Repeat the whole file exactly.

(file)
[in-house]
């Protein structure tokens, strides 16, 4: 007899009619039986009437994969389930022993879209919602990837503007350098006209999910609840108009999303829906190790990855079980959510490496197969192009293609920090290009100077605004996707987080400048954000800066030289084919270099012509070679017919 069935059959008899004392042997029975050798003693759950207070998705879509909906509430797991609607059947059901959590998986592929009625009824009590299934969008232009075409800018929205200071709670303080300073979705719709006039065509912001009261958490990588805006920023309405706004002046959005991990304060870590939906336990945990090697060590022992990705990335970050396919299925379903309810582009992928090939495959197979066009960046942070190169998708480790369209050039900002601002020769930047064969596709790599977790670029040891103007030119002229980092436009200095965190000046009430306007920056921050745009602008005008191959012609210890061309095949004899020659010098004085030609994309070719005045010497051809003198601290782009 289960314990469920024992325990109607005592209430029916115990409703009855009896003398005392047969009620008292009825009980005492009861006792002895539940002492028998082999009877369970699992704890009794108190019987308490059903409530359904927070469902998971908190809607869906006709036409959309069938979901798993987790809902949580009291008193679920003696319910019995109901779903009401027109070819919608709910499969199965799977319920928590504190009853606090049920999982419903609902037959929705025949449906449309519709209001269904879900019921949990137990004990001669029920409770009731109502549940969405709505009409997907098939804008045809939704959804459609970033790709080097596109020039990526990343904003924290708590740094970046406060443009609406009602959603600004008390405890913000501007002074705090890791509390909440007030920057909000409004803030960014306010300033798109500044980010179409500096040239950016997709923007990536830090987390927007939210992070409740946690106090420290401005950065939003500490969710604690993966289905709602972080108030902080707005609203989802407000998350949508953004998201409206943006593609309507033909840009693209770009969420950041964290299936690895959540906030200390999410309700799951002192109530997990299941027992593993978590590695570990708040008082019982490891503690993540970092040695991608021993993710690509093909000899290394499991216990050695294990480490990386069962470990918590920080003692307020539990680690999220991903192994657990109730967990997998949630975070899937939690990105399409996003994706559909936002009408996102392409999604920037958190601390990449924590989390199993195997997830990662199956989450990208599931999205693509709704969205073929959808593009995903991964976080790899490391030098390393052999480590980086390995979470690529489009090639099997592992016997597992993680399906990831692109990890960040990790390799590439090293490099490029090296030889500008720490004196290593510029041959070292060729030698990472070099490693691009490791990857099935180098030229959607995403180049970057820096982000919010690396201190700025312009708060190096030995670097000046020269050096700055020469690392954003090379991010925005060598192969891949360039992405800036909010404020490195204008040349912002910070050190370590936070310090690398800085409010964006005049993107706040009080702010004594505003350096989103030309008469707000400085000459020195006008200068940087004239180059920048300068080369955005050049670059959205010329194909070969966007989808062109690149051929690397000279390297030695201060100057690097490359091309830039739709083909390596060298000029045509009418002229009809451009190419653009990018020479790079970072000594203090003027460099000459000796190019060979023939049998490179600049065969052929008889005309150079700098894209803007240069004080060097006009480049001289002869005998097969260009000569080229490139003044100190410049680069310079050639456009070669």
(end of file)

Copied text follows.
[in-house]
């Protein structure tokens, strides 16, 4: 007899009619039986009437994969389930022993879209919602990837503007350098006209999910609840108009999303829906190790990855079980959510490496197969192009293609920090290009100077605004996707987080400048954000800066030289084919270099012509070679017919 069935059959008899004392042997029975050798003693759950207070998705879509909906509430797991609607059947059901959590998986592929009625009824009590299934969008232009075409800018929205200071709670303080300073979705719709006039065509912001009261958490990588805006920023309405706004002046959005991990304060870590939906336990945990090697060590022992990705990335970050396919299925379903309810582009992928090939495959197979066009960046942070190169998708480790369209050039900002601002020769930047064969596709790599977790670029040891103007030119002229980092436009200095965190000046009430306007920056921050745009602008005008191959012609210890061309095949004899020659010098004085030609994309070719005045010497051809003198601290782009 289960314990469920024992325990109607005592209430029916115990409703009855009896003398005392047969009620008292009825009980005492009861006792002895539940002492028998082999009877369970699992704890009794108190019987308490059903409530359904927070469902998971908190809607869906006709036409959309069938979901798993987790809902949580009291008193679920003696319910019995109901779903009401027109070819919608709910499969199965799977319920928590504190009853606090049920999982419903609902037959929705025949449906449309519709209001269904879900019921949990137990004990001669029920409770009731109502549940969405709505009409997907098939804008045809939704959804459609970033790709080097596109020039990526990343904003924290708590740094970046406060443009609406009602959603600004008390405890913000501007002074705090890791509390909440007030920057909000409004803030960014306010300033798109500044980010179409500096040239950016997709923007990536830090987390927007939210992070409740946690106090420290401005950065939003500490969710604690993966289905709602972080108030902080707005609203989802407000998350949508953004998201409206943006593609309507033909840009693209770009969420950041964290299936690895959540906030200390999410309700799951002192109530997990299941027992593993978590590695570990708040008082019982490891503690993540970092040695991608021993993710690509093909000899290394499991216990050695294990480490990386069962470990918590920080003692307020539990680690999220991903192994657990109730967990997998949630975070899937939690990105399409996003994706559909936002009408996102392409999604920037958190601390990449924590989390199993195997997830990662199956989450990208599931999205693509709704969205073929959808593009995903991964976080790899490391030098390393052999480590980086390995979470690529489009090639099997592992016997597992993680399906990831692109990890960040990790390799590439090293490099490029090296030889500008720490004196290593510029041959070292060729030698990472070099490693691009490791990857099935180098030229959607995403180049970057820096982000919010690396201190700025312009708060190096030995670097000046020269050096700055020469690392954003090379991010925005060598192969891949360039992405800036909010404020490195204008040349912002910070050190370590936070310090690398800085409010964006005049993107706040009080702010004594505003350096989103030309008469707000400085000459020195006008200068940087004239180059920048300068080369955005050049670059959205010329194909070969966007989808062109690149051929690397000279390297030695201060100057690097490359091309830039739709083909390596060298000029045509009418002229009809451009190419653009990018020479790079970072000594203090003027460099000459000796190019060979023939049998490179600049065969052929008889005309150079700098894209803007240069004080060097006009480049001289002869005998097969260009000569080229490139003044100190410049680069310079050639456009070669």